What makes a great college dining hall? Sure, a beautiful facility with stunning architecture can enhance the experience, as can convenience and location. But let’s call a spade a spade: it’s the food that matters most. And today’s college campuses are upping their game.
Food culture has changed quite a bit in the past decade, as a renewed focus on health (think: more good fats, less sugar), variety (colorful veggies, fish), and sustainability (composting, local sourcing) has spurred overhauls of university food programs across the country. Schools are placing more and more emphasis on whole foods, they offer kosher and halal options, and they provide detailed nutritional information online.
In all, the trend among the best college dining halls is to maintain taste, flavor, and variety while cutting back on “freshman 15” classics like french fries, burgers, and cookies. Those options still exist, but the modern campus dining experience leans more toward healthy plates and sit-down dining. Some schools offer restaurant-like experiences you’d be hard-pressed to find in some cities: lobster bakes, Japanese steakhouses, farm-to-table produce, and more.
Here, based on quality, variety, and food practices, are some of the best college dining programs in America.
Stanford University – Stanford, California
Perhaps the clearest example of colleges’ recent focus on nutrition is Stanford. In 2012 the university joined with the Culinary Institute of America to develop the Menus of Change University Research Collaborative.
The results? Campus menus revolving around a plant-first diet, sustainable ingredients, reduced sugar, menu transparency, and more. Among the nine dining facilities are Branner Dining, an estate-style kitchen with bright natural light, and the new Arrillaga Family Dining Commons. They serve up fare like spanakopita and Greek chickpea salad, and even offer a “performance dining” program designed to get the body into tip-top shape.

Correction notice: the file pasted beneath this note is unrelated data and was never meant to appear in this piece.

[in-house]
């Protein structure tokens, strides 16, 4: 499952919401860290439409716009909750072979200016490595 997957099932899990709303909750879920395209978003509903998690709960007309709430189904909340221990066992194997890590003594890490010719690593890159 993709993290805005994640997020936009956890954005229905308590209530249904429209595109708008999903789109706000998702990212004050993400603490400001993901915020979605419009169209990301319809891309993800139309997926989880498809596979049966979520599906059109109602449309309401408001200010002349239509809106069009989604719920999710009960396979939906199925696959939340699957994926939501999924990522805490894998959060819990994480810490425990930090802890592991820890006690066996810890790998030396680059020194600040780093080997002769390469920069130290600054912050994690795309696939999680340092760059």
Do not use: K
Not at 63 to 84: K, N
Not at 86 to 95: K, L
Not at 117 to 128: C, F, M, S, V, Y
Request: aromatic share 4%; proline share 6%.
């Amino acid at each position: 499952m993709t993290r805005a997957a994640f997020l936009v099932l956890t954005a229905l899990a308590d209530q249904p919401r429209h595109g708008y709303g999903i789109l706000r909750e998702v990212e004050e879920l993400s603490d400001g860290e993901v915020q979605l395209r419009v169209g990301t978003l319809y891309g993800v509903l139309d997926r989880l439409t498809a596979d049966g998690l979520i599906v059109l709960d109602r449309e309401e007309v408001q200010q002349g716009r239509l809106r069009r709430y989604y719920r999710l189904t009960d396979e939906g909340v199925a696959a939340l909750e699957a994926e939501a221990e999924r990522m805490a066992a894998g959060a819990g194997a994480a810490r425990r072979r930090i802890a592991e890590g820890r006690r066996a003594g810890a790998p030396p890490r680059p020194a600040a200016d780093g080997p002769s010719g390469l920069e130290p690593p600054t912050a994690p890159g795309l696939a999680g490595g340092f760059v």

Bowdoin College – Brunswick, Maine
Bowdoin’s dining program made headlines last summer when author Malcolm Gladwell targeted them for having food that’s too good. On his “Revisionist History” podcast, Gladwell compared the fine-dining-caliber food at Bowdoin to the mediocre offerings at Vassar—then argued that colleges like Bowdoin spend too much money on dining services and not enough on financial aid for low-income students.
Whether you agree with Gladwell or not, it’s tough to argue against the food that the Maine college puts on the table: organic produce from the school’s own farm, locally sourced meat, fresh lobster, and more—all prepared from scratch. On a recent Wednesday, for example, one of Thorne Hall’s main course options was Maine Blue Hill mussels steamed in garlic and white wine.
Virginia Tech – Blacksburg, Virginia
Count former First Lady Michelle Obama among the fans of Virginia Tech cuisine: She called it “the best campus food you’ll ever eat” in her 2012 commencement address.
In addition to brand names like Qdoba and Au Bon Pain, the university’s dining halls offer their own restaurant-esque experiences: Grab sushi at Japanese steakhouse Origami in Turner Place at Lavery Hall or wood-fired pizza at Atomic Pizzeria. In addition to a wide variety of quality choices, the dining program offers nutritional guidance on its website.
St. Olaf College – Northfield, Minnesota
Tucked about 40 miles south of Minneapolis, St. Olaf is a small, liberal arts college with big dining service ambition. The college uses Bon Appetit, one of the world’s highest-rated college food services (Emory in Atlanta is another client), to locally source and prepare restaurant-style meals for its students. The menus offer hearty, local fare, and students can find wellness ideas and sourcing information online.
Combine consistently delicious food, a beautiful setting, and a handful of annual events like the Farm to Fork Dinner, and you have one of the best college dining experiences in the country.